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Title: Development of an Integrated Residential Heating, Ventilation, Cooling, and Dehumidification System for Residences

Abstract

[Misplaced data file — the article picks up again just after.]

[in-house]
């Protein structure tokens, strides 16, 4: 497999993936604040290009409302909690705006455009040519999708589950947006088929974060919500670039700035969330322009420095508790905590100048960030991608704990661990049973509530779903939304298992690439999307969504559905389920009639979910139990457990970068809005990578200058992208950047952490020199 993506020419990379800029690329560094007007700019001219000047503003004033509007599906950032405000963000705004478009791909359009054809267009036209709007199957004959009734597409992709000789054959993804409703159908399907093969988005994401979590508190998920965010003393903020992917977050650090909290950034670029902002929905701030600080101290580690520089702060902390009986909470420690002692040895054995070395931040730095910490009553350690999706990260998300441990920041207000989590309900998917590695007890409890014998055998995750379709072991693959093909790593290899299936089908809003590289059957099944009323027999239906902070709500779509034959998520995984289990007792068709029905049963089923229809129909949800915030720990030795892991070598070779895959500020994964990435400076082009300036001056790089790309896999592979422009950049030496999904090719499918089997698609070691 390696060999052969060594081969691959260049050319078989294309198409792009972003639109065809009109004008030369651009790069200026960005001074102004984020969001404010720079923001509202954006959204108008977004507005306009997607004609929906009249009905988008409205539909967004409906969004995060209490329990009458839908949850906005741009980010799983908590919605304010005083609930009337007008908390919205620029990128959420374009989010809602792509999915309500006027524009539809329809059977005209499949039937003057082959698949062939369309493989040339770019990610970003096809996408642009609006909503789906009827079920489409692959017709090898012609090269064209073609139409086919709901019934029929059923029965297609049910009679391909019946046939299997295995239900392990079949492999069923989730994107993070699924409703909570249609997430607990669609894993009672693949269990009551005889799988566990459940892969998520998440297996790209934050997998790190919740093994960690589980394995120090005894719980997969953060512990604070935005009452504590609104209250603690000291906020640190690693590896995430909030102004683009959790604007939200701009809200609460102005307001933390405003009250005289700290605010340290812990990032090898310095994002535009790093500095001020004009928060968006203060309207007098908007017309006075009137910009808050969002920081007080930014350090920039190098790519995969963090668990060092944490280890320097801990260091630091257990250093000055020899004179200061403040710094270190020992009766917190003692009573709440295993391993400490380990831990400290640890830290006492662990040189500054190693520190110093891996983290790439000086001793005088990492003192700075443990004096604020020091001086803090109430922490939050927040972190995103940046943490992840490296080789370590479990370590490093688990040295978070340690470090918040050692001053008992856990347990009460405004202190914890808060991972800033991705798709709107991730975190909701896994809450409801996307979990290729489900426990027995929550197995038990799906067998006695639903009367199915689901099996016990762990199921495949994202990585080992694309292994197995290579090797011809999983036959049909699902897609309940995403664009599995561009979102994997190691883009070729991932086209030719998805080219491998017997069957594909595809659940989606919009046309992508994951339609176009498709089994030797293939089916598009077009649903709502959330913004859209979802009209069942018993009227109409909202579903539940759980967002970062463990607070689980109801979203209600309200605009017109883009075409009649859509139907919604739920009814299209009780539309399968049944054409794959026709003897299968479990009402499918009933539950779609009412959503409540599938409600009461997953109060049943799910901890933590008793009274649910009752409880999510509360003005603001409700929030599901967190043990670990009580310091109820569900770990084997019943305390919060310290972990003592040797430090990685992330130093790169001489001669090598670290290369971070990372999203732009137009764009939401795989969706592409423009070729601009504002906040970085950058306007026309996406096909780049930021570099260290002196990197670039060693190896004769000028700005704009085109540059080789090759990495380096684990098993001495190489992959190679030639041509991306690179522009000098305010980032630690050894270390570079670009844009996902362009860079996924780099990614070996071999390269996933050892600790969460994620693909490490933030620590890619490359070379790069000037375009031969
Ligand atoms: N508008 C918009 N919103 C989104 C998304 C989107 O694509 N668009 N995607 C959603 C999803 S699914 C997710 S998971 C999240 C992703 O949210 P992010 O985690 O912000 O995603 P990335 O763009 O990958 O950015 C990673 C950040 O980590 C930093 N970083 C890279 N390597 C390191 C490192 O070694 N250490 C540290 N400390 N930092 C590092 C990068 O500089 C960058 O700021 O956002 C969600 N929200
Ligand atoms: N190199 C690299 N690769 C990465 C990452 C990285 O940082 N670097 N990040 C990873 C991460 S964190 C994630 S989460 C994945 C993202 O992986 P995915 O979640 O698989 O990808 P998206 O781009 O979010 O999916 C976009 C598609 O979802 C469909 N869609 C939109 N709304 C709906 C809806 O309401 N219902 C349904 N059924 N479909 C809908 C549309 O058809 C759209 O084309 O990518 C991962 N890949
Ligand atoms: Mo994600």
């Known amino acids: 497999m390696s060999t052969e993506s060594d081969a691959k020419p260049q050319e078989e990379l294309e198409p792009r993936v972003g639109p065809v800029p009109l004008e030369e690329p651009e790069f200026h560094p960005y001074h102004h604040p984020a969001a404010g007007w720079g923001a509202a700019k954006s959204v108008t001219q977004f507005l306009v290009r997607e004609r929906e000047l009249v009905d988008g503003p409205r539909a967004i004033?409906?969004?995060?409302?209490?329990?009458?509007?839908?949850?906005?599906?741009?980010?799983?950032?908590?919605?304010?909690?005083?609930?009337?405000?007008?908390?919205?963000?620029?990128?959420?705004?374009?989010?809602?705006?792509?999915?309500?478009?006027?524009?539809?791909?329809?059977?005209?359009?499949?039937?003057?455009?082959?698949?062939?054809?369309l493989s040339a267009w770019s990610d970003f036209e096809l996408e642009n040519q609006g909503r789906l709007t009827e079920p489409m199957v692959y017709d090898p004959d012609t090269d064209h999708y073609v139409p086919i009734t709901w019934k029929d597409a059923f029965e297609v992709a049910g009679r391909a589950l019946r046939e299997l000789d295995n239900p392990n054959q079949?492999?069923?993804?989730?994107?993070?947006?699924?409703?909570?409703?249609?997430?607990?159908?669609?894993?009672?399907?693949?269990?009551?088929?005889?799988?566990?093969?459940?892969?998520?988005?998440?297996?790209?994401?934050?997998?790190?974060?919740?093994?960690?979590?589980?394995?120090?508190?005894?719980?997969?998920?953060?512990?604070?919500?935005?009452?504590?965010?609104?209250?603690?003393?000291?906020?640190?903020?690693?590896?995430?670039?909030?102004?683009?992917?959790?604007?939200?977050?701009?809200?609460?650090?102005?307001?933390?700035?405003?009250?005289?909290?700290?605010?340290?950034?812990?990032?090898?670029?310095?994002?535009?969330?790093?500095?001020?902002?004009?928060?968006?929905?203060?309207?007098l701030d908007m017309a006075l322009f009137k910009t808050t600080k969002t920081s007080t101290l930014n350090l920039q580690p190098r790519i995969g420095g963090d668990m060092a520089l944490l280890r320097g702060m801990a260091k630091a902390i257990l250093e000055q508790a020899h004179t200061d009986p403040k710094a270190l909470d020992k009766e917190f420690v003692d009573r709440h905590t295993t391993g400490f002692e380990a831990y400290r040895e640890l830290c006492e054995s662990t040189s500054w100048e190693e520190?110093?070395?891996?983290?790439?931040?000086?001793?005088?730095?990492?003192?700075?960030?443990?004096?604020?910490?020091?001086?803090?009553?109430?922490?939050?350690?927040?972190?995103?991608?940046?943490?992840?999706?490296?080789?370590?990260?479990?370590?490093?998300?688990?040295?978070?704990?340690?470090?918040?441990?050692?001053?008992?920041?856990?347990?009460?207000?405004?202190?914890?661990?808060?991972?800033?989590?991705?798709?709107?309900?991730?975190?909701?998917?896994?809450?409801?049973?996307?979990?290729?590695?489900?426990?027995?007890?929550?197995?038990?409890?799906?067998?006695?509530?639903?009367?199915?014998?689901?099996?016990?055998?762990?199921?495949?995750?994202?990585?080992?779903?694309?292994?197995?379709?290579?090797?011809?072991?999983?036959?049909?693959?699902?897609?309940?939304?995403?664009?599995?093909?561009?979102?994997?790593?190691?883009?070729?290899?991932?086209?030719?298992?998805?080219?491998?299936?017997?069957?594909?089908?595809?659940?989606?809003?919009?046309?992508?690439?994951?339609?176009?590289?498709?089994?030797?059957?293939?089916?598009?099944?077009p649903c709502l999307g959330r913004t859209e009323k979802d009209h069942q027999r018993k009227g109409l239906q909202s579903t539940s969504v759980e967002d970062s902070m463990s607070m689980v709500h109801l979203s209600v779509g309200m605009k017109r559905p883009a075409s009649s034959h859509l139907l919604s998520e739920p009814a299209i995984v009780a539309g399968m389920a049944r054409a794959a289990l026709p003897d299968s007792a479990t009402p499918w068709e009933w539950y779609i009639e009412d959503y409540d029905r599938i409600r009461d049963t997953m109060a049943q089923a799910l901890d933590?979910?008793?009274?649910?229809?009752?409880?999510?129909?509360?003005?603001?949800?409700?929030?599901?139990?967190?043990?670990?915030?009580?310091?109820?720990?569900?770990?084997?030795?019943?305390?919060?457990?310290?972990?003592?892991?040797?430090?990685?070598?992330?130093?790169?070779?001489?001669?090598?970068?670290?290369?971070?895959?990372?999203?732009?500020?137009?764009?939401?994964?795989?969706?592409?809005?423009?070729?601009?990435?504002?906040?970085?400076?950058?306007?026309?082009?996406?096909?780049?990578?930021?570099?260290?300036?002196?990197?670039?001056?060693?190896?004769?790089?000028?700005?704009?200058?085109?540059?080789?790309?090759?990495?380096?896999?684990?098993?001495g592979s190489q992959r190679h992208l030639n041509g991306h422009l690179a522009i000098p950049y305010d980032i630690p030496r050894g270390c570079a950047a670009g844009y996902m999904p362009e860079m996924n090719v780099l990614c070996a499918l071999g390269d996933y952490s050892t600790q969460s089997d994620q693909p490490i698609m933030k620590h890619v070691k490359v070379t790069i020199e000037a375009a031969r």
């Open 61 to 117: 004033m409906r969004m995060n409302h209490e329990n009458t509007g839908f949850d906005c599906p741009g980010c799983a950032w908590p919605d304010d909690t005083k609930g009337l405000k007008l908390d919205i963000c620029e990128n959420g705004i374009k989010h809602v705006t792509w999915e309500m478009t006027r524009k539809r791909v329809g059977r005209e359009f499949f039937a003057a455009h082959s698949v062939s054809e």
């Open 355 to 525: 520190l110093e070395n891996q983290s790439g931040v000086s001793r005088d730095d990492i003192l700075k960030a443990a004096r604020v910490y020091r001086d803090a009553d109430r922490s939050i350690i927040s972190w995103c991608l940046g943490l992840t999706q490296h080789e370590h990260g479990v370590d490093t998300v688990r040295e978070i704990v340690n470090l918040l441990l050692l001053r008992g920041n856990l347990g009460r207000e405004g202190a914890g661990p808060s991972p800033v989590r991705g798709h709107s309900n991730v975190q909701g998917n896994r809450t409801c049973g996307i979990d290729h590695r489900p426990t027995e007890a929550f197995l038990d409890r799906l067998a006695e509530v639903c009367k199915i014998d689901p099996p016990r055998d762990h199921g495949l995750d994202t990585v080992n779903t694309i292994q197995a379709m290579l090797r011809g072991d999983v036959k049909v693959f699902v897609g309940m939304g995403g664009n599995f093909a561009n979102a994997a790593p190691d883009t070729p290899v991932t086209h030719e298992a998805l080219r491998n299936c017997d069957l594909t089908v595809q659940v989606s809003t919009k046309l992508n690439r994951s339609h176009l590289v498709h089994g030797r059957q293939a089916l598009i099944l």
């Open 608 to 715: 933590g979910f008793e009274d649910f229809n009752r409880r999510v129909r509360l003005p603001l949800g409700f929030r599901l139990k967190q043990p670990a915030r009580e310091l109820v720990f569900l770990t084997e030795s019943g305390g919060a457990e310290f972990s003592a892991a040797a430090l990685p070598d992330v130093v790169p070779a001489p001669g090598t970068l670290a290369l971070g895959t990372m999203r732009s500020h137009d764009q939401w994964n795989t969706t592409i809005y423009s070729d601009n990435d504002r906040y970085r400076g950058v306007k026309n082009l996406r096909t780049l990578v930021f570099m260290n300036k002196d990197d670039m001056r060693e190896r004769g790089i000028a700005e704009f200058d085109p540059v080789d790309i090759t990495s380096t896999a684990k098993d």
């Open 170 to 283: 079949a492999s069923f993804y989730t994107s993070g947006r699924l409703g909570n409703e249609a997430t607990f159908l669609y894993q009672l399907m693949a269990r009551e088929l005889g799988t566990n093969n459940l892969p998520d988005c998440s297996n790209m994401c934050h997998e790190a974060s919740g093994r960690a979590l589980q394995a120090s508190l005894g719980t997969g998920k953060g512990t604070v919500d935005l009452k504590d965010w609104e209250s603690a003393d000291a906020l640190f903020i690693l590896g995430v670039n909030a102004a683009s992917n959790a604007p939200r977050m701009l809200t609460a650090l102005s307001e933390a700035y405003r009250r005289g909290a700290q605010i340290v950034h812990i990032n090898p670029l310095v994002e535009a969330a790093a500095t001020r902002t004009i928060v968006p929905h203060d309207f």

The Need and the Opportunity Codes such as ASHRAE 90.2 and IECC, and programs such as Energy Star and Builders Challenge, are causing new homes to be built to higher performance standards. As a result sensible cooling loads in new homes are going down, but indoor air quality prerogatives are causing ventilation rates and moisture loads to increase in humid climates. Conventional air conditioners are unable to provide the low sensible heat ratios that are needed to efficiently cool and dehumidify homes since dehumidification potential is strongly correlated with cooling system operating hours. The project team saw an opportunity to develop a system that is at least as effective as a conventional air conditioner plus dehumidifier, removes moisture without increasing the sensible load, reduces equipment cost by integrating components, and simplifies installation. Project Overview Prime contractor Davis Energy Group led a team in developing an Integrated Heating, Ventilation, Cooling, and Dehumidification (I-HVCD) system under the DOE SBIR program. Phase I and II SBIR project activities ran from July 2003 through December 2007. Tasks included: (1) Mechanical Design and Prototyping; (2) Controls Development; (3) Laboratory and Field Testing; and (4) Commercialization Activities Technology Description. Key components of the prototype I-HVCD systemmore » include an evaporator coil assembly, return and outdoor air damper, and controls. These are used in conjunction with conventional components that include a variable speed air handler or furnace, and a two-stage condensing unit. I-HVCD controls enable the system to operate in three distinct cooling modes to respond to indoor temperature and relative humidity (RH) levels. When sensible cooling loads are high, the system operates similar to a conventional system but varies supply airflow in response to indoor RH. In the second mode airflow is further reduced, and the reheat coil adds heat to the supply air. In the third mode, the reheat coil adds additional heat to maintain the supply air temperature close to the return air temperature (100% latent cooling). Project Outcomes Key Phase II objectives were to develop a pre-production version of the system and to demonstrate its performance in an actual house. The system was first tested in the laboratory and subsequently underwent field-testing at a new house in Gainesville, Florida. Field testing began in 2006 with monitoring of a 'conventional best practices' system that included a two stage air conditioner and Energy Star dehumidifier. In September 2007, the I-HVCD components were installed for testing. Both systems maintained uniform indoor temperatures, but indoor RH control was considerably better with the I-HVCD system. The daily variation from average indoor humidity conditions was less than 2% for the I-HVCD vs. 5-7% for the base case system. Data showed that the energy use of the two systems was comparable. Preliminary installed cost estimates suggest that production costs for the current I-HVCD integrated design would likely be lower than for competing systems that include a high efficiency air conditioner, dehumidifier, and fresh air ventilation system. Project Benefits This project verified that the I-HVCD refrigeration compacts are compact (for easy installation and retrofit) and can be installed with air conditioning equipment from a variety of manufacturers. Project results confirmed that the system can provide precise indoor temperature and RH control under a variety of climate conditions. The I-HVCD integrated approach offers numerous benefits including integrated control, easier installation, and reduced equipment maintenance needs. Work completed under this project represents a significant step towards product commercialization. Improved indoor RH control and fresh air ventilation are system attributes that will become increasingly important in the years ahead as building envelopes improve and sensible cooling loads continue to fall. Technologies like I-HVCD will be instrumental in meeting goals set by Building America and other programs to reduce energy use while improving the indoor environment. Next Steps The following steps are needed to bring the product to commercialization: (1) Value engineering to reduce costs; (2) Addition of zoning capability to improve marketability; (3) Fabrication and testing of additional prototypes; and (4) Identification of a manufacturer. Initial efforts to interest large air conditioner manufacturers has shown some interest, but the preferred path to market may be to employ a boutique manufacturer that markets to HVAC contractors. Distribution of the results of this work will improve opportunities for attracting manufacturers. Additional funding is needed to prepare the product for this final step.« less